I have a confession to make. At times – probably too much of the time – I feel trapped in the worst of “church world.” I guess it just goes with the territory of being a bishop, but it often seems as if all I hear is bickering about matters of human sexuality, complaints about leadership and pessimism about the church’s future.
I have realized how much I unconsciously absorb this negative energy. The result is that I begin to think this negativity is reality. Well, it’s not. While all these things are real and have an impact on life, there is something that is ultimately far “realer.” It is the love of God, the saving grace of Jesus Christ and the power of the Holy Spirit at work in the world so that one day God’s will shall be just as real on earth as it is in heaven.
This powerful realization of what is “realer” frees me to dream about life in new ways. One of the most exciting ways I do this is to engage in a holy thought experiment called, “What if?”
What if every United Methodist congregation in Arkansas participated in 200,000 Reasons and embraced the children they serve as if they were their own?
What if every Arkansan United Methodist read at least one chapter of scripture every morning?
What if those who are most at odds over matters of human sexuality intentionally developed a relationship for prayer and holy conversation with someone on the “opposite side”?
What if we all fasted from making political comments on Facebook and other social media for the next three months?
What if every United Methodist congregation in Arkansas had at least one profession of faith this year?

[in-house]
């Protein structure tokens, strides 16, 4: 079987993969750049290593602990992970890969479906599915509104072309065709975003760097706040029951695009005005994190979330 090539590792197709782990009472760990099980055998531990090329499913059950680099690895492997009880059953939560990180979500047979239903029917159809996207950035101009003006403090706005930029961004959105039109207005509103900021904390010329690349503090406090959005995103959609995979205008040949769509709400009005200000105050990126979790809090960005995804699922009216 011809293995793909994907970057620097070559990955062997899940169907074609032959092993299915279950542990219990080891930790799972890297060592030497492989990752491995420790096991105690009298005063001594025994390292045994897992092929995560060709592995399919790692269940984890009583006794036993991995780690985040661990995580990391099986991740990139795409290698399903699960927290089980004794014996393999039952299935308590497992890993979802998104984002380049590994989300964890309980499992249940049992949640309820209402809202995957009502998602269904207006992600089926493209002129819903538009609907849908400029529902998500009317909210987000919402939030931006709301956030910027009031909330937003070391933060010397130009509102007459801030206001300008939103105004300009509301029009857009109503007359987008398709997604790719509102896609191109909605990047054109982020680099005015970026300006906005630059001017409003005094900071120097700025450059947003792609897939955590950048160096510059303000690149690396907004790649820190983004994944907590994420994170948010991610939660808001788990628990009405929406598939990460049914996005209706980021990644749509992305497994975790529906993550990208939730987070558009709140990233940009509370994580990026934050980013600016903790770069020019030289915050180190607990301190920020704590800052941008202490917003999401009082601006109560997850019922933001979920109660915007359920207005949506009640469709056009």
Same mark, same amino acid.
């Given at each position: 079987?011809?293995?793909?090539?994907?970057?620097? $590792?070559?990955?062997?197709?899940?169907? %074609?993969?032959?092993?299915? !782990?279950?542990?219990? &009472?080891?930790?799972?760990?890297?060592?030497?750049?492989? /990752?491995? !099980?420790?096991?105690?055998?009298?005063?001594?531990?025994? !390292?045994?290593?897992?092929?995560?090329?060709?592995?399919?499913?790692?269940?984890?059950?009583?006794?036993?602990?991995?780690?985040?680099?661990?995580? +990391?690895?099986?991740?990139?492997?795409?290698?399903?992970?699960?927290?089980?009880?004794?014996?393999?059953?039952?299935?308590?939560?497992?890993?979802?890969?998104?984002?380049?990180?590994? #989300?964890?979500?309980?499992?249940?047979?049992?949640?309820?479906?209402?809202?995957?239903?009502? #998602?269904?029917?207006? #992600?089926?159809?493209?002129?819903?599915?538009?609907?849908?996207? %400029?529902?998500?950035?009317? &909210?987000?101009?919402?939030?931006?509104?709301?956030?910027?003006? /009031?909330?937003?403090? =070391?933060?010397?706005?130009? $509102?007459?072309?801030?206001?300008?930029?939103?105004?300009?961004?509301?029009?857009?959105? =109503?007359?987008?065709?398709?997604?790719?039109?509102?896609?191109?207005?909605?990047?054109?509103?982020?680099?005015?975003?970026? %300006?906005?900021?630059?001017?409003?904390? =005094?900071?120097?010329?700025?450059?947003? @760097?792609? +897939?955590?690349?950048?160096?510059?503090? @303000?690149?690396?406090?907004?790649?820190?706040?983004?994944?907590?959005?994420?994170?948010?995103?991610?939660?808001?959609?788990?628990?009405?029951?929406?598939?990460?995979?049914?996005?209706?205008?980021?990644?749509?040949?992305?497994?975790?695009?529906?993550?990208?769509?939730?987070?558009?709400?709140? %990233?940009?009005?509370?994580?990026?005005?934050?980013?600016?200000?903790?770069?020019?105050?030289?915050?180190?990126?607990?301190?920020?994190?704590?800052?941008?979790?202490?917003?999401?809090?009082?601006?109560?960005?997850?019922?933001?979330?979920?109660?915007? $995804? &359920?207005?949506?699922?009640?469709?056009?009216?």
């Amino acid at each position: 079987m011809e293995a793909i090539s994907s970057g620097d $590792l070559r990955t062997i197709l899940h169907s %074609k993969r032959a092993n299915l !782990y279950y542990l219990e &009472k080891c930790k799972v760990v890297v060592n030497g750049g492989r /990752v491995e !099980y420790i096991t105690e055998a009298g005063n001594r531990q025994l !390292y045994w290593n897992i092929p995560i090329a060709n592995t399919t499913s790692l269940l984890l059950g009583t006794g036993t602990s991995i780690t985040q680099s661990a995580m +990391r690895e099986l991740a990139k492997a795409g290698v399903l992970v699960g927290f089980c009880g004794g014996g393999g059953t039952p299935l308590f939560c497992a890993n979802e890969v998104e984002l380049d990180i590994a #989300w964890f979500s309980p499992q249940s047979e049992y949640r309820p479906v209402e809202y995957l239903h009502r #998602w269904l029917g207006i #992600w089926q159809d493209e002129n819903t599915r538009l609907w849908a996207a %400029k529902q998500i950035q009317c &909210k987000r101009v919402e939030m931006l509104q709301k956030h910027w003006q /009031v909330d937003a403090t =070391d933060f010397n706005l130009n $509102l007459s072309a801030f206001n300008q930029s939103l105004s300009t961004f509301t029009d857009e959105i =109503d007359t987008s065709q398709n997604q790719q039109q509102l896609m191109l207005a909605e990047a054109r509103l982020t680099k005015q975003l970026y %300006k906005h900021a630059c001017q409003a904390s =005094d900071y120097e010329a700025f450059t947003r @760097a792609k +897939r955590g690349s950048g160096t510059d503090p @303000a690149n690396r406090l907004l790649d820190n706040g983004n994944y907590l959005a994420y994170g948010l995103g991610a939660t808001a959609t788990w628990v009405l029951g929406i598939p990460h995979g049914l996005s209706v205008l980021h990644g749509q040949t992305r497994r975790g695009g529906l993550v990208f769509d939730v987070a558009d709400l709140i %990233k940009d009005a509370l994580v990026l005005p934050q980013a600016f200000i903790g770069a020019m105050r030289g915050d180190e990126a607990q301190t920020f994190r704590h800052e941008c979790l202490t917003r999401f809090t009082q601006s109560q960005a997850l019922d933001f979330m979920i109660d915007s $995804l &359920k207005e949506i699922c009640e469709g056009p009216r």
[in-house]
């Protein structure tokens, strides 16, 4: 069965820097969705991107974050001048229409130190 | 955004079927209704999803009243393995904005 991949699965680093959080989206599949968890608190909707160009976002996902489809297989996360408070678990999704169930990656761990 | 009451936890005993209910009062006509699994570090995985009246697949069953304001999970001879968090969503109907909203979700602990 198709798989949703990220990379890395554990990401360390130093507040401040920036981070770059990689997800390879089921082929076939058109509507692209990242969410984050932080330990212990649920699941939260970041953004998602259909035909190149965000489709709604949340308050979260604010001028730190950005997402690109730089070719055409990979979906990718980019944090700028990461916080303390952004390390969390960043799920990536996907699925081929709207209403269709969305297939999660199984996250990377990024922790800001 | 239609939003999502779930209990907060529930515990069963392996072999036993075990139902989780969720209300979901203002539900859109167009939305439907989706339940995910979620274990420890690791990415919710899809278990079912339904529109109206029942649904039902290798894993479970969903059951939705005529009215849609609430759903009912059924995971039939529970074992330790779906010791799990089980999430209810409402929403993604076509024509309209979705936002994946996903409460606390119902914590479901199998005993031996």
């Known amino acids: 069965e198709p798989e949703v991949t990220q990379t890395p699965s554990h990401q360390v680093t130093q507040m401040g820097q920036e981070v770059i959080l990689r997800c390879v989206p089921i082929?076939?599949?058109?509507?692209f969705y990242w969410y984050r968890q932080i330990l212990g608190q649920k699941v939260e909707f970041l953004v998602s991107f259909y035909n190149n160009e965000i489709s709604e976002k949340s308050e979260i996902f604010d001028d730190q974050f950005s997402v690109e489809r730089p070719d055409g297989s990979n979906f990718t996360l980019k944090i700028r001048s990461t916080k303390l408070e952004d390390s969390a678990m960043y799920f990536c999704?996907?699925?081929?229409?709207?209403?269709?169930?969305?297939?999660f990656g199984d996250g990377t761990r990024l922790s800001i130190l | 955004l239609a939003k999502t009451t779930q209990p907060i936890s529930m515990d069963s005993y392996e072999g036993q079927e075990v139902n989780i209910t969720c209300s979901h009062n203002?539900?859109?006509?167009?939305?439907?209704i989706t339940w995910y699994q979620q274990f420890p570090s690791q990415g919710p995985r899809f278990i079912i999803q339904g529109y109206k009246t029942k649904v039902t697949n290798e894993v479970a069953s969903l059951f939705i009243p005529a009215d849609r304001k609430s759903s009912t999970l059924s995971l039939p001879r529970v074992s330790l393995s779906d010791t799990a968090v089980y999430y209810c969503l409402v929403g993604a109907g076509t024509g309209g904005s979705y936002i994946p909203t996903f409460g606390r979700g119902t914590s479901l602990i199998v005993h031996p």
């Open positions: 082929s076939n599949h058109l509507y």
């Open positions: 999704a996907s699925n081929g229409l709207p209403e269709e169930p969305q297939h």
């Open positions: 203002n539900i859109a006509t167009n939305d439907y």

What if every United Methodist pastor spent one-half hour in prayer every day?
What if we actually sought spiritual revival in a serious and sustained way?
What if people looked at United Methodists and said, “They’ve got something. I’m not quite sure what it is, but I sure want whatever it is”?
What if five lay persons in every congregation once a month shared the difference Jesus makes in their lives with someone they know?
This is a not particularly ambitious list. Indeed, it is rather modest. But it is something we can do individually and together. And if we do it – not legalistically, but because we want to – we will be changed. And if we are changed, our churches will be changed. And if our churches are changed, lives, communities and the world will be transformed by Jesus’ love.
There is, however, one more ‘What if?” I want to add to my list. And it just may be the most significant of all. What if we were to move from a holy thought experiment to a holy living experiment?